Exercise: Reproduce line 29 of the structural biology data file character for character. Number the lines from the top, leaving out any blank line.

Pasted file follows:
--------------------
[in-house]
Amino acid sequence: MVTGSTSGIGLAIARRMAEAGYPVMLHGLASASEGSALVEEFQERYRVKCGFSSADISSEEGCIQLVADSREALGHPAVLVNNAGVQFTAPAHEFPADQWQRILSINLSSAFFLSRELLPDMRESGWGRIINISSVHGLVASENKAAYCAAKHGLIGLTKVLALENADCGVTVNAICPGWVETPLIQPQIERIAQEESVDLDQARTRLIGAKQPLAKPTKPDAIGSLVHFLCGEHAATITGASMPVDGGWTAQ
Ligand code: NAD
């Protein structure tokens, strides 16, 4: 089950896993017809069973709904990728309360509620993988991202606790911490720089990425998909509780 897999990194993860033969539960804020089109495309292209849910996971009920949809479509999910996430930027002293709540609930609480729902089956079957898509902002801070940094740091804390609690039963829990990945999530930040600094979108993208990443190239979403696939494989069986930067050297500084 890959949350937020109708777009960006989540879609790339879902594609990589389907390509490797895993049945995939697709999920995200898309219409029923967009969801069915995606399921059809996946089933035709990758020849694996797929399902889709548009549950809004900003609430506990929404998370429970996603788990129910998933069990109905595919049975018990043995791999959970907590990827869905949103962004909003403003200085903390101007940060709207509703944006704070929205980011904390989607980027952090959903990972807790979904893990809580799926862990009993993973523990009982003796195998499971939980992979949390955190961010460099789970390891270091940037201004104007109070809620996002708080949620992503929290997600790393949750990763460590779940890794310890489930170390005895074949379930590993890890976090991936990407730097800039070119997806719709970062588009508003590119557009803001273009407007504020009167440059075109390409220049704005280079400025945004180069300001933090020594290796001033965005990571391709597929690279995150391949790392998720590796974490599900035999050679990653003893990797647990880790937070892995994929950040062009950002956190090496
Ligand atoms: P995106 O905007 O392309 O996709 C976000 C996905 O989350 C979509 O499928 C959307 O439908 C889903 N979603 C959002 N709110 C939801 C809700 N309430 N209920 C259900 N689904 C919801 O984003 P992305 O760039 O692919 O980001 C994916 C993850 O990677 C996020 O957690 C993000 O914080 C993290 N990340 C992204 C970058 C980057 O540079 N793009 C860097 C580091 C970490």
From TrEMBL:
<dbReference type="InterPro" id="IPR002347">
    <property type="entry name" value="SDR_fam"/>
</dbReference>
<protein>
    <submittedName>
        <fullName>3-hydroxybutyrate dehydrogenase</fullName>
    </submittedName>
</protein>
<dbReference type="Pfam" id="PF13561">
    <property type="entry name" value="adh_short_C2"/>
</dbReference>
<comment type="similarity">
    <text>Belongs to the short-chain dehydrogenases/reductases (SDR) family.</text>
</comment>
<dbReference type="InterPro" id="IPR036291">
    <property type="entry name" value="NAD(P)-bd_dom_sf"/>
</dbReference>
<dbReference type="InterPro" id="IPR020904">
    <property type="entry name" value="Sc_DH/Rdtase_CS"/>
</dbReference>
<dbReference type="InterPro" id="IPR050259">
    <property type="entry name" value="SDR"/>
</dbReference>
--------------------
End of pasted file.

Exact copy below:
</dbReference>